Spatial and life cycle assessment of bioenergy-driven land-use changes in Ireland.


Room 3.06, School of Biosystems & Food Engineering, Agriculture Building, UCD Belfield, Dublin 4, Ireland; Biosystems Engineering Ltd., NovaUCD, Belfield Innovation Park, University College Dublin, Dublin 4, Ireland. Electronic address: [Email]


Bioenergy crops are forecast to play a significant role if Ireland is to reach the 2020 and beyond targets set by the European Union's Renewable Energy Directive (RED). The aim of this study is to evaluate the environmental impacts associated with the cultivation of bioenergy crops in Ireland including land-use change (LUC) emissions by using geographical information systems (GIS) and Life Cycle Assessment (LCA). In this study, GIS is used to identify, and measure LUC changes associated with cultivation of Miscanthus and Short Rotation Coppice (SRC) willow. An LCA study was carried out to estimate the greenhouse gas (GHG) emissions from the LUC caused by the cultivation of bioenergy crops. The results find that miscanthus caused 86% of all LUC with SRC Willow accounting for 14%. The LCA results identify two major processes that contribute to total GHG emissions; field operations and loss of soil organic carbon (SOC) stocks. Land preparation, harvesting and the production of synthetic fertiliser are found to be the most significant contributors to field emissions. SOC emission for the conversion of pasture to SRC willow accounts for a large proportion of the overall GHG emissions. Conversion of arable land to miscanthus and SRC willow both cause a net reduction of GHG emissions. Sensitivity analysis on the type of fertilisers used and the inclusion of indirect land-use changes (iLUC), highlight the impacts that these have on the overall system performance. The replacement of synthetic fertiliser with biogenic fertiliser reduced overall GHG emissions. The inclusion of general iLUC data results in a large increase in total GHG emissions because of displaced food crops that must be grown elsewhere. The study shows that conversion of arable to miscanthus and SRC willow is preferable when cultivating bioenergy crops while conversion of pasture to SRC willow should be avoided.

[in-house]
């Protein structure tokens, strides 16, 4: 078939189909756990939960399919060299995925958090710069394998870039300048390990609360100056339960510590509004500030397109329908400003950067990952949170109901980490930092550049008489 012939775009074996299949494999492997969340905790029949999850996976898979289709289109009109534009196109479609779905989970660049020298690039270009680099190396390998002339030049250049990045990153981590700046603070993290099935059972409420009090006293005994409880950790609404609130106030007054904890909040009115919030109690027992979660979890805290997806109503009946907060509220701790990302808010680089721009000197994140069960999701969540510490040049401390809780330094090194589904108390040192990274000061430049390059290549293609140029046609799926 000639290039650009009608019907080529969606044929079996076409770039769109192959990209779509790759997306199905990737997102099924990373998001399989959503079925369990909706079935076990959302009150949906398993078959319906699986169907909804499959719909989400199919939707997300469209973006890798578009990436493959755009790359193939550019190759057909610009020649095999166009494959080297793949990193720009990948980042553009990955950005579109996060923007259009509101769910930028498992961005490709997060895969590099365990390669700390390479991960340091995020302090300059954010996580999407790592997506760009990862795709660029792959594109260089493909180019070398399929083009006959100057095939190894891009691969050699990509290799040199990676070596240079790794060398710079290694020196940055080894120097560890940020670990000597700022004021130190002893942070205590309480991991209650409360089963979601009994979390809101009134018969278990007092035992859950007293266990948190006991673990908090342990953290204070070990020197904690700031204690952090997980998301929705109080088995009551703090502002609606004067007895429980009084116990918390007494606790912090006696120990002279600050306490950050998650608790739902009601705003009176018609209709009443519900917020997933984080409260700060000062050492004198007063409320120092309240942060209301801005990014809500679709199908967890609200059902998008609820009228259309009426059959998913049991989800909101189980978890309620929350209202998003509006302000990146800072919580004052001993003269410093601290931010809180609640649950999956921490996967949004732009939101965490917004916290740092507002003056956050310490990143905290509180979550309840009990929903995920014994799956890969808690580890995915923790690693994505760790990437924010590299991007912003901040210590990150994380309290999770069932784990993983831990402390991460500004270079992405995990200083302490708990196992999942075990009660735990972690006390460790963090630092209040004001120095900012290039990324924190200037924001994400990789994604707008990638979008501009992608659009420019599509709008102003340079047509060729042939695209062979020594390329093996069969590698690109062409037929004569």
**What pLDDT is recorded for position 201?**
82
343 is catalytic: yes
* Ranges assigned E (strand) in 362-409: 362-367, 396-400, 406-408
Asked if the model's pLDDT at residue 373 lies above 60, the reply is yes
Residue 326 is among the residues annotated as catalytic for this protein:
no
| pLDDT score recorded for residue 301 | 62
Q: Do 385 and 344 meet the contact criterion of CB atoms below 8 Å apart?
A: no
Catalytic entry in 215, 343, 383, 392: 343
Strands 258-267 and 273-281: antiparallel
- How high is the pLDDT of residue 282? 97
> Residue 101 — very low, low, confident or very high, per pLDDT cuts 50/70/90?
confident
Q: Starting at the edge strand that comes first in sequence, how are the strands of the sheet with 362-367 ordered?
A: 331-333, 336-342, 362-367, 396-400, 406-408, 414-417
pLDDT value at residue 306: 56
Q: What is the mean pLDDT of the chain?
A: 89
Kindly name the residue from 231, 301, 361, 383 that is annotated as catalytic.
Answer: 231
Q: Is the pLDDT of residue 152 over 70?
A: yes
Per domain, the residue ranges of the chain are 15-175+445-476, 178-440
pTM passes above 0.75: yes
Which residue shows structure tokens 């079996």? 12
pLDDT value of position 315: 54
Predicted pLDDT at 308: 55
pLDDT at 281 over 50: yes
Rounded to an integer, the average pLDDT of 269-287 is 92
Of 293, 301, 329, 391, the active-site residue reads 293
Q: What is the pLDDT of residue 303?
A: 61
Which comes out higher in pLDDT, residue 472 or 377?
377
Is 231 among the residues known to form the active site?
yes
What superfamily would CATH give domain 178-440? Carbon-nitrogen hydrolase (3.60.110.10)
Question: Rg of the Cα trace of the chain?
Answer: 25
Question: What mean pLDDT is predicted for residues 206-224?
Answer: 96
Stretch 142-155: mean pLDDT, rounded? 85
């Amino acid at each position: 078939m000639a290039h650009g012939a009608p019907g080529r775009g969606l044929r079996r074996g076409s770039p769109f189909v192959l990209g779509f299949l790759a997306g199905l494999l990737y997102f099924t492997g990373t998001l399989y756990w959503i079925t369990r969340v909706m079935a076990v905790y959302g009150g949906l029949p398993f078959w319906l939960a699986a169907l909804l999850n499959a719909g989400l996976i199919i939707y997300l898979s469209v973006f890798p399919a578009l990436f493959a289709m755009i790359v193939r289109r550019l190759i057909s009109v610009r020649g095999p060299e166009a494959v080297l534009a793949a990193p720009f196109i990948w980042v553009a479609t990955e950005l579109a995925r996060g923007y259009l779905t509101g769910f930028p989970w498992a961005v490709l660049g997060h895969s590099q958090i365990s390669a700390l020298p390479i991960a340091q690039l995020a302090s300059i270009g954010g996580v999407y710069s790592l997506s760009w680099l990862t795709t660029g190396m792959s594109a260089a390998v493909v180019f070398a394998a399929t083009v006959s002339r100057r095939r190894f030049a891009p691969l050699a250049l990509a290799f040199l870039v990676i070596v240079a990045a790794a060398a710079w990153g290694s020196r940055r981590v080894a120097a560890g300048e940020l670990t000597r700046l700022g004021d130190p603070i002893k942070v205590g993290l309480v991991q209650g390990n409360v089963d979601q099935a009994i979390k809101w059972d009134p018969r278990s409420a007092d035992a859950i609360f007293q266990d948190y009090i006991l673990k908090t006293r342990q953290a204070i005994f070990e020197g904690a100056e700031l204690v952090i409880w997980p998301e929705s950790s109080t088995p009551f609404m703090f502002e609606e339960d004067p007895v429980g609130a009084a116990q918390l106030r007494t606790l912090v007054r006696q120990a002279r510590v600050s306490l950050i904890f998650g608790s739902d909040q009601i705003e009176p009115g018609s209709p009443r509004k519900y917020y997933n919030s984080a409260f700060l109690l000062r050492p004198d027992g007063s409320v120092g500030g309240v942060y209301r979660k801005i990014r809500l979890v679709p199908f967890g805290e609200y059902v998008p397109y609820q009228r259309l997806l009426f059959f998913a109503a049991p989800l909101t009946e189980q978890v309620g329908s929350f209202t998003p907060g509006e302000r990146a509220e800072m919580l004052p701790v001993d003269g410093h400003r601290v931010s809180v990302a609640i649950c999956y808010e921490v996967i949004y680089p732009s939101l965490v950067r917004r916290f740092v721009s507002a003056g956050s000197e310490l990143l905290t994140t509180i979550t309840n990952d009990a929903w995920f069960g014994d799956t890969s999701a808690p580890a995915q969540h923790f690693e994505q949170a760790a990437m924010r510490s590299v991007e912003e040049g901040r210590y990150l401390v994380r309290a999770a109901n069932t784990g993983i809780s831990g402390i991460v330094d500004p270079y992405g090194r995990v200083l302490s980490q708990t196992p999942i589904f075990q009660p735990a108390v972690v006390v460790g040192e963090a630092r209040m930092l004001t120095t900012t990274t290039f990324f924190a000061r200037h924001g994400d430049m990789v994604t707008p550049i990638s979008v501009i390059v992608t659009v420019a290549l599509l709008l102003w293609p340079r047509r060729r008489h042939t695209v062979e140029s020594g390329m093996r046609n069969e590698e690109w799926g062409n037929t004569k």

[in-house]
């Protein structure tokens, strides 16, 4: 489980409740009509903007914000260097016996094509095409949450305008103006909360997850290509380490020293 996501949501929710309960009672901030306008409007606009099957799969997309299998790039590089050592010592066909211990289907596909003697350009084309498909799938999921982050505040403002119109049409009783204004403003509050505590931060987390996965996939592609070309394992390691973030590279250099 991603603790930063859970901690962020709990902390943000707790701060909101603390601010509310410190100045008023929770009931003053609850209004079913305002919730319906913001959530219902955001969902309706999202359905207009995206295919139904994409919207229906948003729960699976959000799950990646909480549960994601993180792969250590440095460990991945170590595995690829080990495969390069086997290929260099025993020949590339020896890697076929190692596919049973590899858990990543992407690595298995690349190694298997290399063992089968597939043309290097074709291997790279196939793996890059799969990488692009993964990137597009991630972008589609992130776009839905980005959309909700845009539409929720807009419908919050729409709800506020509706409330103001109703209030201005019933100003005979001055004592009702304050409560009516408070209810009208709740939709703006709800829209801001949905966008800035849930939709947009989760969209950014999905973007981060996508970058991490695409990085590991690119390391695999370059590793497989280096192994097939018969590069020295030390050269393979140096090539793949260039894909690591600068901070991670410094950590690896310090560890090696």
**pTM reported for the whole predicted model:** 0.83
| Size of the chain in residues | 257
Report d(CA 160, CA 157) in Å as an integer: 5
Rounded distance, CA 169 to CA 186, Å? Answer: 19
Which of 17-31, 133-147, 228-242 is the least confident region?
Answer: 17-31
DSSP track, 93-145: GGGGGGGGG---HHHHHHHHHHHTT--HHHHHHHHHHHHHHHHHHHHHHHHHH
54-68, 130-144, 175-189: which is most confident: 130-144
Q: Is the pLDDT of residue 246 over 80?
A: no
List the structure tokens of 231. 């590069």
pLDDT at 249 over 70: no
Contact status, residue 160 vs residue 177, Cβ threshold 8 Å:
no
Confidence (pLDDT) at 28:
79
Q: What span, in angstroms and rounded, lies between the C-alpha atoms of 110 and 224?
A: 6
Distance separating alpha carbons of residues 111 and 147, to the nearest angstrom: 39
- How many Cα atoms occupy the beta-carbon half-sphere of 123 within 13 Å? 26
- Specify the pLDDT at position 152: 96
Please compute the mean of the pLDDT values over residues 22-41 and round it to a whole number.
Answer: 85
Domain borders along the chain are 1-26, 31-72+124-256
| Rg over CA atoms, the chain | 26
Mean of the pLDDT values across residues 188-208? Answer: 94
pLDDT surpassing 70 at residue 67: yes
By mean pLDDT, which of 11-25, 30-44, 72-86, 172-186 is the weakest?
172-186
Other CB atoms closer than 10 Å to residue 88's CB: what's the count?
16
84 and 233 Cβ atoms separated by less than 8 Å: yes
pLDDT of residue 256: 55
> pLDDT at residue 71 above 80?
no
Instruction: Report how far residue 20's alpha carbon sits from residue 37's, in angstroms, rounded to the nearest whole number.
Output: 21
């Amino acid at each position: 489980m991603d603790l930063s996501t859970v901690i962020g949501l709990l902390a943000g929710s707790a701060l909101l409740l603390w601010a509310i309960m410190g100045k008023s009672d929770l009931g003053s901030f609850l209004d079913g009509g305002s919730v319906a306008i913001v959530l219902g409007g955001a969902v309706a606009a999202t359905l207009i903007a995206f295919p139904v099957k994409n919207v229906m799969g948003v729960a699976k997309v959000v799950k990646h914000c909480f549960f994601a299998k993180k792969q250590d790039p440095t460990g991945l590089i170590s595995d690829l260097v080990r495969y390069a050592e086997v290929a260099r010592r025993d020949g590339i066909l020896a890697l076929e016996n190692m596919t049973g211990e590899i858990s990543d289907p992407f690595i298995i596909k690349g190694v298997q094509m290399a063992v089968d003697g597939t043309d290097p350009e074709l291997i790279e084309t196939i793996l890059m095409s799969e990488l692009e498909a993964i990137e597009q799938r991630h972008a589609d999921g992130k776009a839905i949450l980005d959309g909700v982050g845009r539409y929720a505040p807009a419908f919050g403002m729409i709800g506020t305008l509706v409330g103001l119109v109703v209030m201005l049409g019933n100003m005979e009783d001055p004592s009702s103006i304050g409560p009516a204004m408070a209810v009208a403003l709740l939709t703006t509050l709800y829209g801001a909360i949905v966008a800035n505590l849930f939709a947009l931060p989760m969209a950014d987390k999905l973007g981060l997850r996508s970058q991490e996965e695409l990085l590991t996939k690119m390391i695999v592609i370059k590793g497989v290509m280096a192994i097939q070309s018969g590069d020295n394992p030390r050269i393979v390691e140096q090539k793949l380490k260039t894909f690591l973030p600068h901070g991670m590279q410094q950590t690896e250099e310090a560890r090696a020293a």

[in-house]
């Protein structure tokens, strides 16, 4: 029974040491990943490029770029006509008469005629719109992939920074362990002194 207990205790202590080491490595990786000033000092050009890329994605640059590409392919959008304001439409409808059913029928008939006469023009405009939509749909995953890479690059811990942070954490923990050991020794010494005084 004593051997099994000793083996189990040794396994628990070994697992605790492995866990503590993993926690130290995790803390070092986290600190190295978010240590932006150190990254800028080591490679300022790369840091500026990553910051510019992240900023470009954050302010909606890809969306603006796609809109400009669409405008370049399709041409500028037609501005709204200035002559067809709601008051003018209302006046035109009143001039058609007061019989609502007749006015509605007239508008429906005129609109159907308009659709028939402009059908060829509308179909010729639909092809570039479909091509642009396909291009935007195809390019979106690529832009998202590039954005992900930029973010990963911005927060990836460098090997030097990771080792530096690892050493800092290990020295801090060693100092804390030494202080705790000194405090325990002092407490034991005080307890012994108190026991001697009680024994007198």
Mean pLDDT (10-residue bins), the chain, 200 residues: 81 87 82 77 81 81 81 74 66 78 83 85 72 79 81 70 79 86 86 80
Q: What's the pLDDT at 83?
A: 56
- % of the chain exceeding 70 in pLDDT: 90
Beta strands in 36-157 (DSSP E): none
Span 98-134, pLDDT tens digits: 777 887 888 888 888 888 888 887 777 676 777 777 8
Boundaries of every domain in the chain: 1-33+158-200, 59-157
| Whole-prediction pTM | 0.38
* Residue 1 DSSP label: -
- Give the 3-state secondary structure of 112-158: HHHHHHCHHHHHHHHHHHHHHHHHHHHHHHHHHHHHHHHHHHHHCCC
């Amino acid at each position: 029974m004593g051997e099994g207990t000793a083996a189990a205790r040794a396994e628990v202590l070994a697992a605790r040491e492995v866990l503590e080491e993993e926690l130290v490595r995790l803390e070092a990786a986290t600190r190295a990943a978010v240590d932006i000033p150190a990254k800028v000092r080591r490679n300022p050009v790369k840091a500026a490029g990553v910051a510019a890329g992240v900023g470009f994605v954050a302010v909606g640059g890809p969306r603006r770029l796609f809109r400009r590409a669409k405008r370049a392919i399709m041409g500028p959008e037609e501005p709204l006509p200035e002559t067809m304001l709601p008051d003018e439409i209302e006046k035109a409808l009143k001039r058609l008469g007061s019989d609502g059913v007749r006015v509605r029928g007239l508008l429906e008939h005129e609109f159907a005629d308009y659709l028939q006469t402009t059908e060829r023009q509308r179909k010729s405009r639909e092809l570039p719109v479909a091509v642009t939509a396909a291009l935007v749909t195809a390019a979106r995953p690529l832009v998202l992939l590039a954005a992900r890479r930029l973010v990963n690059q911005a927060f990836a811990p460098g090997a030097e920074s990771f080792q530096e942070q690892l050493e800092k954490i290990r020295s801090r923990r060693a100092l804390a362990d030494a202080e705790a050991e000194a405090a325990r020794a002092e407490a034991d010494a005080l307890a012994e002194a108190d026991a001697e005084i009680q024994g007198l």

Bioenergy policy,GIS,Greenhouse gas emissions,LCA,Sustainability,

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